Contrary to conventional wisdom, it tends to cost money, but it improves quality of life at a very reasonable price

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Vincent Thomas had battled multiple myeloma for quite some time and gone through countless treatments and drug regimens, which weren’t stopping his cancer. He and his family made the decision to go on hospice care. The thing was, his eyesight had failed him

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Kimberly Zieselman: Doctors aren’t listening. I sometimes had a tough time with doctors before I found out — at the age of 41 — that I was intersex and that my true medical history had been hidden from me for decades. Now that it’s out in the open, I still can’t find knowledgeable doctors to help me

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Judith Garber and Shannon Brownlee: While the top-ranked hospitals were patting themselves on the back, we wondered if the magazine’s ranking system actually measures what matters to patients, or for that matter to anybody who is worried about the cost and quality of US health care. So we took a closer look at how U.S. News measures hospital quality and—just as important—what factors its analysis leaves out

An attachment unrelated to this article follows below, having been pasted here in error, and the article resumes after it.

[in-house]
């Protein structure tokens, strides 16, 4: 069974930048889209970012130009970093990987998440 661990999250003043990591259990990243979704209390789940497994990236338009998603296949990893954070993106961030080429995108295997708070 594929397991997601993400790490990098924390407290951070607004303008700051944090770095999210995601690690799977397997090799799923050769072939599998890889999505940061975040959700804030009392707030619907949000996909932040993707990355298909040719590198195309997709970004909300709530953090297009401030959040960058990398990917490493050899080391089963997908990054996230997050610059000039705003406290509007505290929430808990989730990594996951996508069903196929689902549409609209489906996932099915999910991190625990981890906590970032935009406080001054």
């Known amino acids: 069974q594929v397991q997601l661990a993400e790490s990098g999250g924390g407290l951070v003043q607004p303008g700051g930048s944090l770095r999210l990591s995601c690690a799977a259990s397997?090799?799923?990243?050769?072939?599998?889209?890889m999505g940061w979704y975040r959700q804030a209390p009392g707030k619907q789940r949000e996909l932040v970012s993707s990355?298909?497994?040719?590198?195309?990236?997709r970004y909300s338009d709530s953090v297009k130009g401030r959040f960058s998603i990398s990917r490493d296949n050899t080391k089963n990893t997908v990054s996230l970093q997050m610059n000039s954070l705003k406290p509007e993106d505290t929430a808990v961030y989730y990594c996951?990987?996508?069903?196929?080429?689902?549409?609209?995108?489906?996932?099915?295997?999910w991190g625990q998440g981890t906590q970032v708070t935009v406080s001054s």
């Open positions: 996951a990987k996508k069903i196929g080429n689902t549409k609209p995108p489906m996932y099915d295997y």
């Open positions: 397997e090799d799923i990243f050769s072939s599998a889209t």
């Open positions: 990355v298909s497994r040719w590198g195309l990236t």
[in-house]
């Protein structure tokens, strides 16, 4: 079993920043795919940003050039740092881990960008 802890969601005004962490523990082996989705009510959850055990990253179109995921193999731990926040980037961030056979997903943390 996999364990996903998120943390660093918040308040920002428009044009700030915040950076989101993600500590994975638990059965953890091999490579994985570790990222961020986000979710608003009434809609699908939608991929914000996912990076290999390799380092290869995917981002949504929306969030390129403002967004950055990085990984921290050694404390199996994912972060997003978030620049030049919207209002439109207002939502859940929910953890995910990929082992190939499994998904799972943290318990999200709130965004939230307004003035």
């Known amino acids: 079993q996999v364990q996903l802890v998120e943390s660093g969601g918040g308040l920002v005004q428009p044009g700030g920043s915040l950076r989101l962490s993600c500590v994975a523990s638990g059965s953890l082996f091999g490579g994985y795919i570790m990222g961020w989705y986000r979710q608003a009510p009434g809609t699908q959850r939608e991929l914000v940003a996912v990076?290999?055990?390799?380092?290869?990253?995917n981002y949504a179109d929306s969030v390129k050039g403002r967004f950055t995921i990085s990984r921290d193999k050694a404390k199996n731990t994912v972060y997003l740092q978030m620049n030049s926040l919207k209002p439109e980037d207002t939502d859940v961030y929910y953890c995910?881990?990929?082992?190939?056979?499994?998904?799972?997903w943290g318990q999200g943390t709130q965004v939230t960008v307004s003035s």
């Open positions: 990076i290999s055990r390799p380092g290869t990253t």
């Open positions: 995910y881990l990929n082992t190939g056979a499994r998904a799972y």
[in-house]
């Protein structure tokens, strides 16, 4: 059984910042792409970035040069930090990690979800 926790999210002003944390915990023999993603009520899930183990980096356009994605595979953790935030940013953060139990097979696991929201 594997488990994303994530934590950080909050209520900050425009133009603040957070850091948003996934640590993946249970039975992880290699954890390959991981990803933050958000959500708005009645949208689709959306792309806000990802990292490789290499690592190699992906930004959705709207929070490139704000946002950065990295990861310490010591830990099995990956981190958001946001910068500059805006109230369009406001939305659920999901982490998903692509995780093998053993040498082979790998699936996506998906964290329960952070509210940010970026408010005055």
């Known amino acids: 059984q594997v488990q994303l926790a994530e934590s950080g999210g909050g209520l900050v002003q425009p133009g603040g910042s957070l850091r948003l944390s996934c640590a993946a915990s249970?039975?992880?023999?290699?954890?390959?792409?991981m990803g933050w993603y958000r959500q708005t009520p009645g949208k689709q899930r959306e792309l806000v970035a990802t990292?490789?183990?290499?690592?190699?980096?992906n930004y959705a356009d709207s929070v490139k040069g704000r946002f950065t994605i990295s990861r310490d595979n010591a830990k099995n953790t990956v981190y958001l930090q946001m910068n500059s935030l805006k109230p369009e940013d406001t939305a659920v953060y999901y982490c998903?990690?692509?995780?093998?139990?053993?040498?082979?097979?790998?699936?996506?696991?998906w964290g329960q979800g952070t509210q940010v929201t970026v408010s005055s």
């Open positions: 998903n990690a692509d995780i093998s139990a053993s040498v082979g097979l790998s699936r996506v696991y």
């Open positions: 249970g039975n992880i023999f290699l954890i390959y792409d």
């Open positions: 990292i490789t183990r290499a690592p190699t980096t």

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Our Katherine Heinze, Heidi Holtz and Cynda Rushton write, “Palliative care (PC) clinicians are faced with ever-expanding pressures, which can make it difficult to fulfill their duties to self and others and lead to moral distress.”

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“Death with dignity” has meant, for many people, avoiding unwanted medical technology and dying in a hospital. A “natural” death has been the goal. In the past 20 years, physician-assisted suicide has been legalized for terminally ill patients in several states of the US, and recently “medical assistance in dying,” has become legal in Canada. How should we think about what constitutes a good death now?

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Doctors who tend to spend more in treating hospitalized patients do not get better results than those who spend less, a new study has found

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Gerald Chinchar isn’t quite at the end of life, but the end is not far away. The 77-year-old fell twice last year, shattering his hip and femur, and now gets around his San Diego home in a wheelchair. His medications fill a dresser drawer, and congestive heart failure puts him at high risk of emergency room visits and long hospital stays

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